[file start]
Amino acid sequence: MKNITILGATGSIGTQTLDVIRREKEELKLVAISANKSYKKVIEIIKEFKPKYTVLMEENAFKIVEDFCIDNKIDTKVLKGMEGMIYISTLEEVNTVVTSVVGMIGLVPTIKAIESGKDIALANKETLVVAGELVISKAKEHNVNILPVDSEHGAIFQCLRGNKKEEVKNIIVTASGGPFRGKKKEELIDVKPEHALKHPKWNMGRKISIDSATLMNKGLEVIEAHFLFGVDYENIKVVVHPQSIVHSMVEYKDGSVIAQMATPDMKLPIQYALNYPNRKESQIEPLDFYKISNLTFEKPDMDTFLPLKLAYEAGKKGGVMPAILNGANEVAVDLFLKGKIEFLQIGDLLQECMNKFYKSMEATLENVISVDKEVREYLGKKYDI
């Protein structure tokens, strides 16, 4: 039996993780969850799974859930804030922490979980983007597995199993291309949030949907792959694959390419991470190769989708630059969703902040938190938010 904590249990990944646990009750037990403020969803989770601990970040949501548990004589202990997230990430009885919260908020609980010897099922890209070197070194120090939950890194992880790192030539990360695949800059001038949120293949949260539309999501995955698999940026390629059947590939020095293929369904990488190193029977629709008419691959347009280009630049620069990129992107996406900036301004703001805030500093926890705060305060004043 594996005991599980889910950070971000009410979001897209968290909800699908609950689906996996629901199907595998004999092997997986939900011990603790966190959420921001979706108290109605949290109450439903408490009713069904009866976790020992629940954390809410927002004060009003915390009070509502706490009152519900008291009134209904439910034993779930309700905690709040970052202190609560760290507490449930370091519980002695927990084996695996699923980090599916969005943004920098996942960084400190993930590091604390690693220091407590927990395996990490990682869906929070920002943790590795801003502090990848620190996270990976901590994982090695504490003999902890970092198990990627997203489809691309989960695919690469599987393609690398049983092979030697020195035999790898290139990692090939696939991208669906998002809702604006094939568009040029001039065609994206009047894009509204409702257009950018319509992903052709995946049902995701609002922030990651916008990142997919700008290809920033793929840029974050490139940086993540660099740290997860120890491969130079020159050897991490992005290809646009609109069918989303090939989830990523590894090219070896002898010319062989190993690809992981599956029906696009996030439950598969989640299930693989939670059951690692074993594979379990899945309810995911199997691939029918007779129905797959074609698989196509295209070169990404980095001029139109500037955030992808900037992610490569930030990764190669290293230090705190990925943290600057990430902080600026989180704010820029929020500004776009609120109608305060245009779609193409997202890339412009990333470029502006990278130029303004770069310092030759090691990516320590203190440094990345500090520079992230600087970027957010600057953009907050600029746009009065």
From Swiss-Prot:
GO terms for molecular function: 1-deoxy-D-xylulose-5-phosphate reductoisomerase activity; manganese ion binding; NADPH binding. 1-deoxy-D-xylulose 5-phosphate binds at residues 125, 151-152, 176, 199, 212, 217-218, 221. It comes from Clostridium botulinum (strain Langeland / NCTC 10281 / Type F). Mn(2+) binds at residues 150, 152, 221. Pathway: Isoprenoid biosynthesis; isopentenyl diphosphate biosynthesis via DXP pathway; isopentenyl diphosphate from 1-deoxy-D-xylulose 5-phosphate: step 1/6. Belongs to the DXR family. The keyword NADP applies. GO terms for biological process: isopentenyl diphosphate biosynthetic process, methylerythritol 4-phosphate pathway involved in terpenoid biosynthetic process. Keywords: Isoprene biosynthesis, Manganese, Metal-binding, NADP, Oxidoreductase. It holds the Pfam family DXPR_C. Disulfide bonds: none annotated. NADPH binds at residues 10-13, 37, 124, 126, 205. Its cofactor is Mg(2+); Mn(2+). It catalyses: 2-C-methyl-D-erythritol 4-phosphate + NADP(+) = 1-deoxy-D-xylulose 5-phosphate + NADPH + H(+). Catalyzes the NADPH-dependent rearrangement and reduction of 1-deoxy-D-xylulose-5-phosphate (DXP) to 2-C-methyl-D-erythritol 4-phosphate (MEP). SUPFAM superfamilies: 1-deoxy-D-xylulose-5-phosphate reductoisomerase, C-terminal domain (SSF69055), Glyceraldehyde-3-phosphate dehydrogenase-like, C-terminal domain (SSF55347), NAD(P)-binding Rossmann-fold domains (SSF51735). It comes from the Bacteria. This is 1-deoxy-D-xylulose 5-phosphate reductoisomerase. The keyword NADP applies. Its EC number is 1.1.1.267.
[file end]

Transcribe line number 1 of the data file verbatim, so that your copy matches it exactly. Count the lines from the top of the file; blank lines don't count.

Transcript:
Amino acid sequence: MKNITILGATGSIGTQTLDVIRREKEELKLVAISANKSYKKVIEIIKEFKPKYTVLMEENAFKIVEDFCIDNKIDTKVLKGMEGMIYISTLEEVNTVVTSVVGMIGLVPTIKAIESGKDIALANKETLVVAGELVISKAKEHNVNILPVDSEHGAIFQCLRGNKKEEVKNIIVTASGGPFRGKKKEELIDVKPEHALKHPKWNMGRKISIDSATLMNKGLEVIEAHFLFGVDYENIKVVVHPQSIVHSMVEYKDGSVIAQMATPDMKLPIQYALNYPNRKESQIEPLDFYKISNLTFEKPDMDTFLPLKLAYEAGKKGGVMPAILNGANEVAVDLFLKGKIEFLQIGDLLQECMNKFYKSMEATLENVISVDKEVREYLGKKYDI